The research on the environmental effectiveness of energy taxes was also conducted in individual EU member states. For example, Runst and Höhle examined the effects of fuel tax increases in Germany between 1999 and 200345. During this period, the tax rates applied to petrol and diesel increased by 15.35 cents57. The authors estimate that after 1999, implementing the “eco tax” decreased annual CO2 emissions per capita in Germany from transport by 0.2 to 0.35 t. The authors consider this effect considerable as there was a 9–18% reduction in transport emission levels in Germany in the 1990s45.

Frondel and Schubert estimated the long term effects of carbon prices introduced in Germany in 2021. They found that the carbon price on CO2 emissions from petrol and diesel oil (25 euros per tonne of CO2) will reduce emissions by 1.0 and 2.3 million tonnes, respectively58. The effects of “CO2-Preis” on carbon emissions were also investigated by Alberini et al.43. They found that the carbon price will reduce emissions from passenger cars by 1.0–1.4%.

A number of research studies focus on the impact of fuel taxes on carbon emissions in Sweden. As early as in 1998, Bohlin stated that the Swedish carbon tax “had no discernible effects in the transport (…) sector”59. In contrast, a more recent study found that the carbon tax levied on petrol in Sweden effectively reduced CO2 emissions46. Moreover, Andersson (2019) estimated that the Swedish carbon tax reduced CO2 emissions in the transport sector by 1.5 million tons (0.17 tons per capita) or by 6.3% in an average year from 1990 to 200527. Together with the VAT on transport fuels, the carbon tax was supposed to reduce emissions from transport by almost 11%. According to Runst and Höhle, the results obtained by Andersson show that taxes in transport prove to have a considerable impact on reducing emissions27,45.

The results of research conducted in different countries and regions should be treated with caution as many country- or region-specific differences can impact transport CO2 emissions. It is crucial when comparing European and non-European countries. For example, the share of diesel in passenger car fuel consumption in Europe is much higher than in the US27. Other significant differences between European and non-European countries include the general level of motor fuel taxes16, the share of taxes in the price of fuels18, differences in taxation of petrol and oil7, the level of elasticity12, distances driven, , availability of alternative means of transportation or the magnitude of the rebound effect60.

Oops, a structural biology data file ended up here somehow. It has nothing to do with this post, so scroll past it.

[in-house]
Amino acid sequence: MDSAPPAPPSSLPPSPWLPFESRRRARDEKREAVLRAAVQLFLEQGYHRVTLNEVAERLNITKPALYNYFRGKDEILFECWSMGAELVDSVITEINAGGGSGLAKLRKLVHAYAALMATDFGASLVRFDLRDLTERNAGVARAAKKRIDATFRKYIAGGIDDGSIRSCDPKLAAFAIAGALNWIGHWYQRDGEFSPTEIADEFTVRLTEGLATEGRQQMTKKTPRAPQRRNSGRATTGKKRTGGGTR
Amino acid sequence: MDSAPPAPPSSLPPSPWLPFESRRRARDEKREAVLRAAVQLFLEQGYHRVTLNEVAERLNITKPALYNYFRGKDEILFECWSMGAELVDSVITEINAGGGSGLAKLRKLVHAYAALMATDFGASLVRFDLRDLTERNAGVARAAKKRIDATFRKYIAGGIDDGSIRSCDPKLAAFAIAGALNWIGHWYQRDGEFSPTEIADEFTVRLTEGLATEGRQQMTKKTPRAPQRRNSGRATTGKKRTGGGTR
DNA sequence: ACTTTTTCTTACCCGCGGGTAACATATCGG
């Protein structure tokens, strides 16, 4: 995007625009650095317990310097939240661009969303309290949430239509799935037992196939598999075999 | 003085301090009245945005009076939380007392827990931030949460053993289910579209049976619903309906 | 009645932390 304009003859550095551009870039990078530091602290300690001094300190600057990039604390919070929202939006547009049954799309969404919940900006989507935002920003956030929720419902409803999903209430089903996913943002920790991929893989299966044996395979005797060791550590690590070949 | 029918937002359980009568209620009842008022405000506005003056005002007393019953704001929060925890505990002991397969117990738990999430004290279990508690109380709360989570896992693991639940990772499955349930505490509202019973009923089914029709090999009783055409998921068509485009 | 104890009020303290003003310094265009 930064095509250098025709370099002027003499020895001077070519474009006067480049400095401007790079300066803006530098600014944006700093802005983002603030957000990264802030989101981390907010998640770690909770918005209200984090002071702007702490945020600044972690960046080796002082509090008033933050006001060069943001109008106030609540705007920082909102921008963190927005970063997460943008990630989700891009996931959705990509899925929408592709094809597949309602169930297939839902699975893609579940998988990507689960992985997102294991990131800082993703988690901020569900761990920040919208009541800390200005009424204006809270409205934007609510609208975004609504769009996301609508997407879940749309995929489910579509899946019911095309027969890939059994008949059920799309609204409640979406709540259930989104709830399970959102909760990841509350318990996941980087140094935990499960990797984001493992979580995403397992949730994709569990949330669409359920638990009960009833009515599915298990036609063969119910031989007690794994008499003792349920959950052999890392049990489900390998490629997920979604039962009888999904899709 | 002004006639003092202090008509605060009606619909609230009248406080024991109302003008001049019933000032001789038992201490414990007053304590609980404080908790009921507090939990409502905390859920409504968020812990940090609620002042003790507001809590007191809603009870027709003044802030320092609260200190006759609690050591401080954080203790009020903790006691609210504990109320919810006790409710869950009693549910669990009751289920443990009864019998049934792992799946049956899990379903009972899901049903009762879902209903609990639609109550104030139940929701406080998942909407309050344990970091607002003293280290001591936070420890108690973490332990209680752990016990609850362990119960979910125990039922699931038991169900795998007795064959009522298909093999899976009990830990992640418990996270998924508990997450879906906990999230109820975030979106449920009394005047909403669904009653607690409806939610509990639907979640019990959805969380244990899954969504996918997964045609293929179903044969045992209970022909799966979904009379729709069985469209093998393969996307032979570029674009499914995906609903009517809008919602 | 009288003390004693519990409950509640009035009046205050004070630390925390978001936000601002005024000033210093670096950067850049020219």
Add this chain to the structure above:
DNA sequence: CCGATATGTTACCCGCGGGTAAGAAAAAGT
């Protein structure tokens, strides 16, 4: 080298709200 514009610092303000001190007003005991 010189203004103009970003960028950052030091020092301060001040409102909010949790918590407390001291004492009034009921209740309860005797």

Davis and Kilian estimated the impact of the proposal for an increase in the petrol tax rate in the US on carbon dioxide emissions. Their results suggest that the tax increase (by 10 cents per gallon of petrol) would reduce vehicle emissions by 1.5%14.

It is worth citing two studies based on counterfactual scenarios. According to Rivers and Schaufele, the carbon tax reduced petrol CO2 emissions by 2.4 million tonnes during the first four years22. Antweiler and Gulati found that the carbon tax in British Columbia affected both fuel demand and vehicle’s fuel efficiency. Compared to the situation without the tax fuel, demand per capita and average fuel efficiency of vehicles would be 7% higher and 4% lower, respectively49.

According to Kim et al., the hypothetical carbon tax in South Korea of a rate of about 54 U.S. dollars would reduce CO2 emissions by 916 thousand tonnes (about 1% of the transport emissions in Korea in 2007)8. The authors consider carbon reduction substantial. The results would be higher if the substitutability between petrol and diesel oil is included in the estimates.

Fiscal policy's effectiveness in reducing fuel consumption and CO2 emissions depends on the price elasticities of fuel demand61. There are many price (and income) elasticity estimates using different methodologies61,62. The long-term price elasticities of fuel demand are usually higher than the short-term ones but also less than unity6. Price elasticity estimates are often higher for petrol than diesel36. Price elasticity also differs across UE member states. Hence, tax rates necessary to achieve the EU reduction target (reduction of GHG emissions in transport by 20% in 2030 compared to 2008) should also differ from country to country62.

Some country-based studies indicate that transport fuel consumption is relatively inelastic to changes in price for diesel consumption in Portugal36

Studies suggest that consumers' demand response to fuel tax changes may be stronger than demand response to equivalent changes in tax-inclusive fuel prices15,22. Fuel tax changes may also be more salient to consumers than equal-sized changes in market prices of transportation fuels22. An explanation of this phenomenon is that tax rate changes are perceived to be more persistent than changes in other components of the fuel price15.